Trelawny Town in ExileEdit

As many as 58 Trelawny Town Maroons avoided deportation to Nova Scotia, and they remained in Jamaica, some settling in Accompong Town, while others merged with the free black population. The Second Maroon War proved costly to the colonial authorities, and in an attempt to recoup their losses, the Jamaica Assembly auctioned off most of the 1,500 acres belonging to Trelawny Town.[20]

The Maroons were unhappy with the conditions of their exile in Nova Scotia, and they regularly petitioned the British government to be relocated to another colony. In 1800, the British government eventually agreed to transport the Trelawny Maroons to Sierra Leone, where they helped to suppress a rebellion by the Black Nova Scotians. As a reward, the Sierra Leone colonial authorities granted the Jamaican Maroons in Sierra Leone the best houses and land, which originally belonged to the Black Nova Scotians.[21]

After the Second Maroon War, the colonial authorities converted Trelawny Town into a military barracks, and renamed it Maroon Town, Jamaica.

The Returned Maroons of FlagstaffEdit

After slavery was abolished in 1838, the Jamaican colonial authorities imported labourers from Sierra Leone, and among that number were scores of Trelawny Town Maroons. These Returned Maroons established themselves in nearby Flagstaff, and their descendants are still there today.[22]

Government of Trelawny TownEdit

Maroon leadersEdit

1720s - 1764 Colonel Cudjoe

1764 - ? Colonel Lewis

1790s - 1812 Colonel Montague James[23]

White superintendentsEdit

c. 1740s Dr William Russell

c. 1761 - 1767 John Scott

Late 1760s John Kidd, William Carson and Thomas Burke

1767 - 1787 John James (promoted to the position of Superintendent-General of all Jamaican Maroons)

c. 1773 Thomas Leamy

c. 1779 - 1792/3 John Montague James

1792/3 - 1795 Thomas Craskell[24]


  1. ^ Bev Carey, The Maroon Story: The Authentic and Original History of the Maroons in the History of Jamaica 1490-1880 (Kingston, Jamaica: Agouti Press, 1997), pp. 413-423.
  2. ^ C.V. Black, History of Jamaica (London: Collins, 1975), p. 84.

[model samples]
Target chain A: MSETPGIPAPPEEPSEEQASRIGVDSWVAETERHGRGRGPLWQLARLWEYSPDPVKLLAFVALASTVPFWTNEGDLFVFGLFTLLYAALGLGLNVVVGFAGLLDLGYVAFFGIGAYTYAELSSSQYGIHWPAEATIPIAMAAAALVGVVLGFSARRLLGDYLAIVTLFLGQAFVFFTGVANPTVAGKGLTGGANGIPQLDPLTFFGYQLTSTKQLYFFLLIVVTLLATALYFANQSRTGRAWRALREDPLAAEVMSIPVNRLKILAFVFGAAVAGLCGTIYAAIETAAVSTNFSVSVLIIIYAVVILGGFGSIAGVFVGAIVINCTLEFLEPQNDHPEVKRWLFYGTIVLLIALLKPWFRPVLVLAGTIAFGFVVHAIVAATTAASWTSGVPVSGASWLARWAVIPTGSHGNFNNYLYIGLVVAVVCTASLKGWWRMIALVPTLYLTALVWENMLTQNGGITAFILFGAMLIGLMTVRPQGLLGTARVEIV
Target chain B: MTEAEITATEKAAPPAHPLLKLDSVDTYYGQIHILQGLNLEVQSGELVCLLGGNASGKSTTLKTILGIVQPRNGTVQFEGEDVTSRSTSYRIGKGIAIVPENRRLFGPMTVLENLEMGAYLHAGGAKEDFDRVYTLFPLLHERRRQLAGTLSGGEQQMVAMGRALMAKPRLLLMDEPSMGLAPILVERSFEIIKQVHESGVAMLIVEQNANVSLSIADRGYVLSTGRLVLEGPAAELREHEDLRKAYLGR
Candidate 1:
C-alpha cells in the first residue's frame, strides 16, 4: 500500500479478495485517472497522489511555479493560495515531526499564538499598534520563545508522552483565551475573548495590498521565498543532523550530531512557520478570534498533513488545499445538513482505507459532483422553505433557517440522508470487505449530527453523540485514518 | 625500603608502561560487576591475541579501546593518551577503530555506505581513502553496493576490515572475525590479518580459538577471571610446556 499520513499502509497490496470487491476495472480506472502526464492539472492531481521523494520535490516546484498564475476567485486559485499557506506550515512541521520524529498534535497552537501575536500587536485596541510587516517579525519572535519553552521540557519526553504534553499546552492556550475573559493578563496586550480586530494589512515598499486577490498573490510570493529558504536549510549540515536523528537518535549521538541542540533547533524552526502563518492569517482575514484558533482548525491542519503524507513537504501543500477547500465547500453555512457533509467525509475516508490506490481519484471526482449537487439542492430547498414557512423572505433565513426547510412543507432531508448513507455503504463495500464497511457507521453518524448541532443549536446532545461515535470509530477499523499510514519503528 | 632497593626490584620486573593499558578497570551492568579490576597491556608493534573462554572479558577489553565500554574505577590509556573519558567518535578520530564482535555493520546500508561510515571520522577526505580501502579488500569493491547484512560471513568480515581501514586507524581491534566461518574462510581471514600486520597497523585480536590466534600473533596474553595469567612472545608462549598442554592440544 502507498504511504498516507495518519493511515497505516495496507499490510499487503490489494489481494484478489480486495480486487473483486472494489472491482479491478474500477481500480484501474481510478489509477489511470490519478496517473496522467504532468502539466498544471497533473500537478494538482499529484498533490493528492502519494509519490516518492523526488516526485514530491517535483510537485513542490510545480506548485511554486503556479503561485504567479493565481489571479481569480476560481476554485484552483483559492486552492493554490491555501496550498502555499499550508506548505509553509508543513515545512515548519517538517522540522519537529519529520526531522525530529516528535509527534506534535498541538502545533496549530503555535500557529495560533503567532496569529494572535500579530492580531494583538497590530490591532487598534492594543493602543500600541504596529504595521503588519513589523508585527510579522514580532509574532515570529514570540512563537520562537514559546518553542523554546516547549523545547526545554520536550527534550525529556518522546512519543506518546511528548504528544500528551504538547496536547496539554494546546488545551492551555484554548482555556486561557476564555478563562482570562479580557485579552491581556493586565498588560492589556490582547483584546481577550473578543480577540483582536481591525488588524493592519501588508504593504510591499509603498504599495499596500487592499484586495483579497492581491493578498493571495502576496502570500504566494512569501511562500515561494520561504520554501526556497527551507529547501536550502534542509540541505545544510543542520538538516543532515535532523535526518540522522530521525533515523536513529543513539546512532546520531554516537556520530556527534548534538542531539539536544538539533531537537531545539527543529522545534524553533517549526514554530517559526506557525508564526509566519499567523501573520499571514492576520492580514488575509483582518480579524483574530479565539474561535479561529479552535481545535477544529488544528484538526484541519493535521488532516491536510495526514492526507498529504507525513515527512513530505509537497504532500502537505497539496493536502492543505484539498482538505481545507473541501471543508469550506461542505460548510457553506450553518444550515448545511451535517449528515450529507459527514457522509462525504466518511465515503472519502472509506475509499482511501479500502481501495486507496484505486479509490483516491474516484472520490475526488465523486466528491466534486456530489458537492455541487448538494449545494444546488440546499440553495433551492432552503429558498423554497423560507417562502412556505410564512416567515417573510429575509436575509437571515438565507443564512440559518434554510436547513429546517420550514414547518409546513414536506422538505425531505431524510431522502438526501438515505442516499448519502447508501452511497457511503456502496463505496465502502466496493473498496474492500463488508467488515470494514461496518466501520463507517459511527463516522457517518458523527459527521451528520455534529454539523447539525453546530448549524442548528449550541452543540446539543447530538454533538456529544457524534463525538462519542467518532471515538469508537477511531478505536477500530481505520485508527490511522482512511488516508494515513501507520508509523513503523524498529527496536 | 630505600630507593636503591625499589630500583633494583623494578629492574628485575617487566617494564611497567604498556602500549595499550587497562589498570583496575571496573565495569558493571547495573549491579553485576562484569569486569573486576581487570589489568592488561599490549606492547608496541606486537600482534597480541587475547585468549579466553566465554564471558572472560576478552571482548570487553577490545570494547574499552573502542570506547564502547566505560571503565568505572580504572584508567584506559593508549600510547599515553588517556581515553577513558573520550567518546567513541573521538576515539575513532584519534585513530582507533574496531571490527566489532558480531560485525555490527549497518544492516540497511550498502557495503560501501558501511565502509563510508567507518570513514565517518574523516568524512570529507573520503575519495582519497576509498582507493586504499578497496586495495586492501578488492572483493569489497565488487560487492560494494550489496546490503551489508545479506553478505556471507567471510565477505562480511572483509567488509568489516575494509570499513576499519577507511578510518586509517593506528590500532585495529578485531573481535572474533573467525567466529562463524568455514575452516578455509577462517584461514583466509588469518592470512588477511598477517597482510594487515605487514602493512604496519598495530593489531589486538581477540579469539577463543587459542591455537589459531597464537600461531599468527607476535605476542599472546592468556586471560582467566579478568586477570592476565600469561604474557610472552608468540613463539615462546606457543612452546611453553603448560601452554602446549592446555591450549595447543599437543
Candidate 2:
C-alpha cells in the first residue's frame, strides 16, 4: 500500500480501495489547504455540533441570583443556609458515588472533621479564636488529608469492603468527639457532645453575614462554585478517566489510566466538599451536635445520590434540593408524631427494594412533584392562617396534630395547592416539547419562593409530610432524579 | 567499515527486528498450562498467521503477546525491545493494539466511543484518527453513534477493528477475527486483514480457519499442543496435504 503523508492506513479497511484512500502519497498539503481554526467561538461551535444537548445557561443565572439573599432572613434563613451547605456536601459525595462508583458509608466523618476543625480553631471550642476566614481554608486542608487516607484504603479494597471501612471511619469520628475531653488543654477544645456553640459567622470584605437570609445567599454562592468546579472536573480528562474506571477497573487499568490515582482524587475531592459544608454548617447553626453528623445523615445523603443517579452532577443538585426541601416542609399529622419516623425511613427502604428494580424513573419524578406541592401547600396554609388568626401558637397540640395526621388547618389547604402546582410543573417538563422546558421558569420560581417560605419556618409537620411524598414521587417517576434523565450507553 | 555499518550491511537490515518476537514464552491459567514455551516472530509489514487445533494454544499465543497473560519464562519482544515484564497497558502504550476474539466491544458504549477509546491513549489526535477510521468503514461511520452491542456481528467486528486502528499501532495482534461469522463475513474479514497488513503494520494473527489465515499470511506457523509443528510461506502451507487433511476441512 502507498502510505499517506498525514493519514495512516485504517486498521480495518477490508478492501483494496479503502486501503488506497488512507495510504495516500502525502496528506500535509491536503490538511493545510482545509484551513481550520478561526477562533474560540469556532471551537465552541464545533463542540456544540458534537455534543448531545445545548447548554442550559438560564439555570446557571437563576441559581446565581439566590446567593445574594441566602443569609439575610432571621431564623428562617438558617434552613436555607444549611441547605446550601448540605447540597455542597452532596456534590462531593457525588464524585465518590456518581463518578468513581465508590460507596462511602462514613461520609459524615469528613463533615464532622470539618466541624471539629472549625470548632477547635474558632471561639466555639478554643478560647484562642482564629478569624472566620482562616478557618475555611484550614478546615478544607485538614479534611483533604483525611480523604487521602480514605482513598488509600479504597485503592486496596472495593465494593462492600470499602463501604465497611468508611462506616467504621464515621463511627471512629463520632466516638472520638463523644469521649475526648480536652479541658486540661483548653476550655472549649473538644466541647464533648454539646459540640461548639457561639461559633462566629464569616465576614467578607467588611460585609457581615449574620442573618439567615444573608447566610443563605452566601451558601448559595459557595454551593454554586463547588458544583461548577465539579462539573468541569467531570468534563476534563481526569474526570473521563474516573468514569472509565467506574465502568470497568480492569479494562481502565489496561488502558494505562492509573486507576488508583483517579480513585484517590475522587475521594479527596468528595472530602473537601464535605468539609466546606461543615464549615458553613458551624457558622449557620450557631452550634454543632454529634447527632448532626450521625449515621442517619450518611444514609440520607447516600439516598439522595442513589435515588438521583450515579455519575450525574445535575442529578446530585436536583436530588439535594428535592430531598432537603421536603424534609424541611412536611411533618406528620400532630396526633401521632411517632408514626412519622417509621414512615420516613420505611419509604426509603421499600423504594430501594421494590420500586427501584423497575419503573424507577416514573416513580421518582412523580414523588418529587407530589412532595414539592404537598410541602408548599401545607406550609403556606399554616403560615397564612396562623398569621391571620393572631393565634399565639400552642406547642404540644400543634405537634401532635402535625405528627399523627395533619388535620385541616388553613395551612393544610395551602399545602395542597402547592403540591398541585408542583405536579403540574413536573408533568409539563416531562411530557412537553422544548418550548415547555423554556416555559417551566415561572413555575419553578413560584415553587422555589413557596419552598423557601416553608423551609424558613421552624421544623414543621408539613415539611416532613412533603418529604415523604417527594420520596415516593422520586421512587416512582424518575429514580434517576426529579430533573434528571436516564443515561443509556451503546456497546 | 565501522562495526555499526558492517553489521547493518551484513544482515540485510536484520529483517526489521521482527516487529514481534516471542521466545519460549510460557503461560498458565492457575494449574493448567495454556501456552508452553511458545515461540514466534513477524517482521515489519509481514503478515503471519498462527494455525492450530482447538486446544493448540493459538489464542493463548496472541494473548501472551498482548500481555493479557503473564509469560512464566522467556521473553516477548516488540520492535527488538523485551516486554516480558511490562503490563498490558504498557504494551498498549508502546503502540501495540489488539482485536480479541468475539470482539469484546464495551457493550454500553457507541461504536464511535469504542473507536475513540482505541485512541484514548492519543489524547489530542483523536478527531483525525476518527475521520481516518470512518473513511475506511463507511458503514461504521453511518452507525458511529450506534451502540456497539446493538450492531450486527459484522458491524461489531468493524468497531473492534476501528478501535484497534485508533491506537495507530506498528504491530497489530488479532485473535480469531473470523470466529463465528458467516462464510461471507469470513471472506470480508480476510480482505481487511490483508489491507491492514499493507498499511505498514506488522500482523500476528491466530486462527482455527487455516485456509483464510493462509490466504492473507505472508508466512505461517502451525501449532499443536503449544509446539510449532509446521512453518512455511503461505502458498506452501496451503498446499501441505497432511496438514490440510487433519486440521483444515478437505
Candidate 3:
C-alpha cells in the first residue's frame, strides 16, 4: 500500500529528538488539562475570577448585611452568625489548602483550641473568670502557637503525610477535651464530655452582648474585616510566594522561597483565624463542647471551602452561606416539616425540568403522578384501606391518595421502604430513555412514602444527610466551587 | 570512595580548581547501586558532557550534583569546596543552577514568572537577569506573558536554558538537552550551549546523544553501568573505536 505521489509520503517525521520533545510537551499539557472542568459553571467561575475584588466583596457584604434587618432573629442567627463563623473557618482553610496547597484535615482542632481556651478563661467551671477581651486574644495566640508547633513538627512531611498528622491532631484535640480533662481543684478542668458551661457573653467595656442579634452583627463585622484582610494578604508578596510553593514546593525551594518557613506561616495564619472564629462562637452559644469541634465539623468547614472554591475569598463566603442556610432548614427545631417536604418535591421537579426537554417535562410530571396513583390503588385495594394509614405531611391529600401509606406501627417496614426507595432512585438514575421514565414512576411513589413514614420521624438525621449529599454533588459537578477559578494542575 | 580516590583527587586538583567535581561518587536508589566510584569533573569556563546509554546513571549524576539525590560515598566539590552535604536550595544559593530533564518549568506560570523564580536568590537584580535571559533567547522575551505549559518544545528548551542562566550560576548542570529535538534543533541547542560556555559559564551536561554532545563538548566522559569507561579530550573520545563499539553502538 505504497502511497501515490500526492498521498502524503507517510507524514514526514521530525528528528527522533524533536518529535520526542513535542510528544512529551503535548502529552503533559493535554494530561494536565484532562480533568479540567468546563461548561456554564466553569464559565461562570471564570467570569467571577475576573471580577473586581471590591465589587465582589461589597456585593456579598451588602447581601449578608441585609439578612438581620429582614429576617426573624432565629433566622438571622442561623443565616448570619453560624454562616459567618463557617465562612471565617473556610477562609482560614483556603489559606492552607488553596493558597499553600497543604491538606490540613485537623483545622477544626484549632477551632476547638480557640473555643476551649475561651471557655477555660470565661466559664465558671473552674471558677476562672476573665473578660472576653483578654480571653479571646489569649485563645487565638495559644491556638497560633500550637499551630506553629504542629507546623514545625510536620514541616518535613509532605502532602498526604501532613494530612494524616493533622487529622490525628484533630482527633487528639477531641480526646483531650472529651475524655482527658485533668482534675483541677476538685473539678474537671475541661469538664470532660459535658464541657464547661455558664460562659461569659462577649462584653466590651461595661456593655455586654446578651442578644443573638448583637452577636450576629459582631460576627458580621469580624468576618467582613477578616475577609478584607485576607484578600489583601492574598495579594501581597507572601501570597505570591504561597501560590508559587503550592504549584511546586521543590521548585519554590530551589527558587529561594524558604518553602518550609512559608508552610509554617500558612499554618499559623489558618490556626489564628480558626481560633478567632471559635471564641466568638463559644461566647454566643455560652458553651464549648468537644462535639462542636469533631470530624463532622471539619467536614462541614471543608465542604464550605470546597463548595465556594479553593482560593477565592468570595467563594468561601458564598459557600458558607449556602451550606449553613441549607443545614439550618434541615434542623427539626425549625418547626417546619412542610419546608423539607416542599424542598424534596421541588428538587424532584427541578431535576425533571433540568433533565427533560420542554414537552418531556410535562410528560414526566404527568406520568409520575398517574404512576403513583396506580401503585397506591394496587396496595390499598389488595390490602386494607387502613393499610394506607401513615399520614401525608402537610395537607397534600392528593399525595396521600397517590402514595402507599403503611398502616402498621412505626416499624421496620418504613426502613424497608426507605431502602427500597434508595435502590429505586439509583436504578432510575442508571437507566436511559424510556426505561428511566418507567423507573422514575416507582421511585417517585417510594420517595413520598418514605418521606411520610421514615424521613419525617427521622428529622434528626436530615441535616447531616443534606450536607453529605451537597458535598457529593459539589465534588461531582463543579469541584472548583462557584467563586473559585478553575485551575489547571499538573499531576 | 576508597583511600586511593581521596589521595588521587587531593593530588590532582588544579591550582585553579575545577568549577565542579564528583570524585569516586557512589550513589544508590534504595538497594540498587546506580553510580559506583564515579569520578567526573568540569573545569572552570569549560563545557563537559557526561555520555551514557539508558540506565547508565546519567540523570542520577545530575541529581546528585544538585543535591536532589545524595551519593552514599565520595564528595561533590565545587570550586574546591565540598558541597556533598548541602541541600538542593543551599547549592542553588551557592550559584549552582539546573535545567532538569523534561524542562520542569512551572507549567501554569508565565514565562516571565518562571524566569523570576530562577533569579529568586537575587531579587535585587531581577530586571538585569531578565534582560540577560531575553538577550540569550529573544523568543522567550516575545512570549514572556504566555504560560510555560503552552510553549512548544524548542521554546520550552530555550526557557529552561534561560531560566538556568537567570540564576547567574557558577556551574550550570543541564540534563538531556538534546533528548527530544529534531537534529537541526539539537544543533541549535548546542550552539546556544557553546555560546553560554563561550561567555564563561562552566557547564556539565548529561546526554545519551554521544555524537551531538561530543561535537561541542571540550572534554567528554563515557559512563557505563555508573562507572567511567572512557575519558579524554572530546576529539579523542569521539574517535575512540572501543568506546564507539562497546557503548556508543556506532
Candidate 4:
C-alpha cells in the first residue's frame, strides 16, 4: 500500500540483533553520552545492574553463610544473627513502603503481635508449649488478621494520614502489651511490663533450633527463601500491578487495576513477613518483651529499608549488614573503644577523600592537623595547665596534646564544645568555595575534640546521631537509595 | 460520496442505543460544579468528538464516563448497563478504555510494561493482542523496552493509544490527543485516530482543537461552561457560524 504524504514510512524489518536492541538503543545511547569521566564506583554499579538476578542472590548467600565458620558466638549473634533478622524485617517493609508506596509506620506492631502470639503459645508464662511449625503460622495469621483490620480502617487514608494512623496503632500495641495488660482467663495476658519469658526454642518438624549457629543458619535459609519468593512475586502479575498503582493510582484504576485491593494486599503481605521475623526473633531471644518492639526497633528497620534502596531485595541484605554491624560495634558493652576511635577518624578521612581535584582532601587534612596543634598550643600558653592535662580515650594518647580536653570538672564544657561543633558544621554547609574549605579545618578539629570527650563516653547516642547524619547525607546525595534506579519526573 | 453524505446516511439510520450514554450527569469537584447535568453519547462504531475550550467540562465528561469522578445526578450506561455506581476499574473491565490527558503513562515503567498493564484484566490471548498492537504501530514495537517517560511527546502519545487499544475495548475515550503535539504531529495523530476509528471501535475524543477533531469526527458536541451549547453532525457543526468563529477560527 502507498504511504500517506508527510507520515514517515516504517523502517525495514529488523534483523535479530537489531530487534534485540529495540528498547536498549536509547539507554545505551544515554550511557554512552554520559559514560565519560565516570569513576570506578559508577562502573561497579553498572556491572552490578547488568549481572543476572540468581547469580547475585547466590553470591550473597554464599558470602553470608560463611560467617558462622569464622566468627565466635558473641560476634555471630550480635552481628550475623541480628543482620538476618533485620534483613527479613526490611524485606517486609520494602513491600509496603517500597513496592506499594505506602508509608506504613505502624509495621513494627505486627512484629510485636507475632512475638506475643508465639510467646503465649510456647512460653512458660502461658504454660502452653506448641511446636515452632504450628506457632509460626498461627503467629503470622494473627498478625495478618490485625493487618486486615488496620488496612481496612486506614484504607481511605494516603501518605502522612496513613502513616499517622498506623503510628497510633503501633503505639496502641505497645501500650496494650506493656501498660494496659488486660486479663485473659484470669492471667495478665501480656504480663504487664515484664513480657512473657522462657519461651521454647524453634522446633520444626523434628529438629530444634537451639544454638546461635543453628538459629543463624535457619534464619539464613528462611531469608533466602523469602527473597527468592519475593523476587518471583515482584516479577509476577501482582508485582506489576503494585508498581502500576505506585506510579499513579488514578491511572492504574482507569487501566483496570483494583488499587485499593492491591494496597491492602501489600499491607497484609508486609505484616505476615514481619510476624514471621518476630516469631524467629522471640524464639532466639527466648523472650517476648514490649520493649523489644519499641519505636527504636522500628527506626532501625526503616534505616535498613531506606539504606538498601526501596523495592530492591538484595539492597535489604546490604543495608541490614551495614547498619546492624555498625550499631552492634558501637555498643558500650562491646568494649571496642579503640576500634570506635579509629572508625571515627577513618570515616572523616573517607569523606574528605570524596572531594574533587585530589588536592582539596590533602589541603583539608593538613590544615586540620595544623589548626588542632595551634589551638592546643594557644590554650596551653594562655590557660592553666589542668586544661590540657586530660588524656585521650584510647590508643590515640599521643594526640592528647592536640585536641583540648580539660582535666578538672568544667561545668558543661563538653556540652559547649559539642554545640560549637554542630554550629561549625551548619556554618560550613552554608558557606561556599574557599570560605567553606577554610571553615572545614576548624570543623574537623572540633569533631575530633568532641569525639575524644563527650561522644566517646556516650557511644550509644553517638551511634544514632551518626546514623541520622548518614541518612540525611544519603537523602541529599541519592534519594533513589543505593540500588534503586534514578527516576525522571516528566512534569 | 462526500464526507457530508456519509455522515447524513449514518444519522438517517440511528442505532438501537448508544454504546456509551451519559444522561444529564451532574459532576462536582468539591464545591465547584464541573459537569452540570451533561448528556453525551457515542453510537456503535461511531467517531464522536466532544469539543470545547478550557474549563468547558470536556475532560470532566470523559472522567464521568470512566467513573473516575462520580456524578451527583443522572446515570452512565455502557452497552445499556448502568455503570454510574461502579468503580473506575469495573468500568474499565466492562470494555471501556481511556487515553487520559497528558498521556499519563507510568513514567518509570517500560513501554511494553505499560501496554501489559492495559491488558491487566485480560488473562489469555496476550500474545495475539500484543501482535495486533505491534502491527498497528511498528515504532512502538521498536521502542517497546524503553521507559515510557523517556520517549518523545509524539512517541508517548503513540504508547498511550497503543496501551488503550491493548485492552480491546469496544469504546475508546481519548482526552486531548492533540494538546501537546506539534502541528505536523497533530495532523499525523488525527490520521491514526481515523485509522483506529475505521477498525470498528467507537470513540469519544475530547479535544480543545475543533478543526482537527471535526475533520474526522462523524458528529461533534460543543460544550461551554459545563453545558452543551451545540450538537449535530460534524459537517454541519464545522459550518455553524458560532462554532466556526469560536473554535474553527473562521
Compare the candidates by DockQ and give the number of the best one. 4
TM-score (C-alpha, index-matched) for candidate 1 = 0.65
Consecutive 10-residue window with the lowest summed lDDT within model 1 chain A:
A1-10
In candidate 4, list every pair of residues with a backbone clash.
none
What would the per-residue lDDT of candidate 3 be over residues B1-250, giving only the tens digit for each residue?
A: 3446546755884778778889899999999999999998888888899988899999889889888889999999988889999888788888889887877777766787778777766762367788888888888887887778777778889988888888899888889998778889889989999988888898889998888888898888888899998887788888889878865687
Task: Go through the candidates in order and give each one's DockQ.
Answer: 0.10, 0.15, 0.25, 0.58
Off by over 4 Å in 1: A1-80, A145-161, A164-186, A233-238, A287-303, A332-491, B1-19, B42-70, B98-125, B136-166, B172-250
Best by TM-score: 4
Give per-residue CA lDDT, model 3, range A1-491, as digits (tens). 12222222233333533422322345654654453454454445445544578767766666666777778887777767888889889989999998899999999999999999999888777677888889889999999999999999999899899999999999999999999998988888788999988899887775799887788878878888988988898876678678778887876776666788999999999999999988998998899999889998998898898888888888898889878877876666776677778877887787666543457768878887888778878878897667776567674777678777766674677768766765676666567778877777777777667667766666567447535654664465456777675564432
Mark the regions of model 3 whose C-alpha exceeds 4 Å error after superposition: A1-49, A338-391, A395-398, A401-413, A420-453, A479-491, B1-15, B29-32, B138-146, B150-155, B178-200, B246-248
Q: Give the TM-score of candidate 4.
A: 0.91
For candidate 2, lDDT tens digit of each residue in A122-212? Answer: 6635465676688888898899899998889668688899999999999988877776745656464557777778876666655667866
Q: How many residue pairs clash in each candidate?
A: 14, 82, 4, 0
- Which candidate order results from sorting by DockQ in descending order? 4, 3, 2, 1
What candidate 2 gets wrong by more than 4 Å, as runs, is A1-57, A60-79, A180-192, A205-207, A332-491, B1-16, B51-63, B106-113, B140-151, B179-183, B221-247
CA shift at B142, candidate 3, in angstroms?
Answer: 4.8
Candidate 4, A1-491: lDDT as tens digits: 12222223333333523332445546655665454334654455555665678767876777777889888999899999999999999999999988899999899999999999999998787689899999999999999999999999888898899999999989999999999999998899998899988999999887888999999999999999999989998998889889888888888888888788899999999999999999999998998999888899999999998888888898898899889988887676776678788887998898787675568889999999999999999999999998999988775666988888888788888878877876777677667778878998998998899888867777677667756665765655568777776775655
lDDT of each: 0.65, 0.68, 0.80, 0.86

3. ^ Milton McFarlane, Cudjoe the Maroon (London: Allison & Busby, 1977), p. 24.
  4. ^ McFarlane, Cudjoe the Maroon, p. 24.
  5. ^ "Flagstaff" Retrieved 24 June 2020.
  6. ^ Mavis Campbell, The Maroons of Jamaica 1655-1796: a History of Resistance, Collaboration & Betrayal (Massachusetts: Bergin & Garvey, 1988), pp. 88-118.
  7. ^ Michael Siva, After the Treaties: A Social, Economic and Demographic History of Maroon Society in Jamaica, 1739-1842, PhD Dissertation (Southampton: Southampton University, 2018), p. 46.
  8. ^ Siva, Michael (2018). After the Treaties: A Social, Economic and Demographic History of Maroon Society in Jamaica, 1739-1842 (PDF) (PhD). Southampton: Southampton University. p. 239.
  9. ^ Douglas Hall, In Miserable Slavery: Thomas Thistlewood in Jamaica, 1750-86, Macmillan, 1999, pp. 105-6.
  10. ^ Vincent Brown, Jamaican Slave Revolt Retrieved 29 January 2021.
  11. ^ Siva, After the Treaties, pp. 126-7.
  12. ^ Siva, After the Treaties, pp. 129-132.
  13. ^ Richard Hart, Slaves Who Abolished Slavery: Blacks in Rebellion (Kingston, Jamaica: University of the West Indies Press, 2002), pp. 159, 165-7.
  14. ^ Siva, After the Treaties, pp. 144-7.
  15. ^ Michael Sivapragasam (2019) "The Second Maroon War: Runaway Slaves fighting on the side of Trelawny Town", Slavery & Abolition, DOI: 10.1080/0144039X.2019.1662683 Retrieved 10 September 2019.
  16. ^ Campbell, Maroons of Jamaica, p. 229.
  17. ^ Siva, After the Treaties, pp. 148-9.
  18. ^ Campbell, Maroons of Jamaica, pp. 230-242.
  19. ^ Siva, After the Treaties, pp. 145-151.
  20. ^ Siva, After the Treaties, pp. 152-5.
  21. ^ Simon Schama, Rough Crossings (London: BBC Books, 2002), p. 382.
  22. ^ Retrieved 25 April 2019.
  23. ^ Siva, After the Treaties, p. 273.
  24. ^ Siva, After the Treaties, p. 275.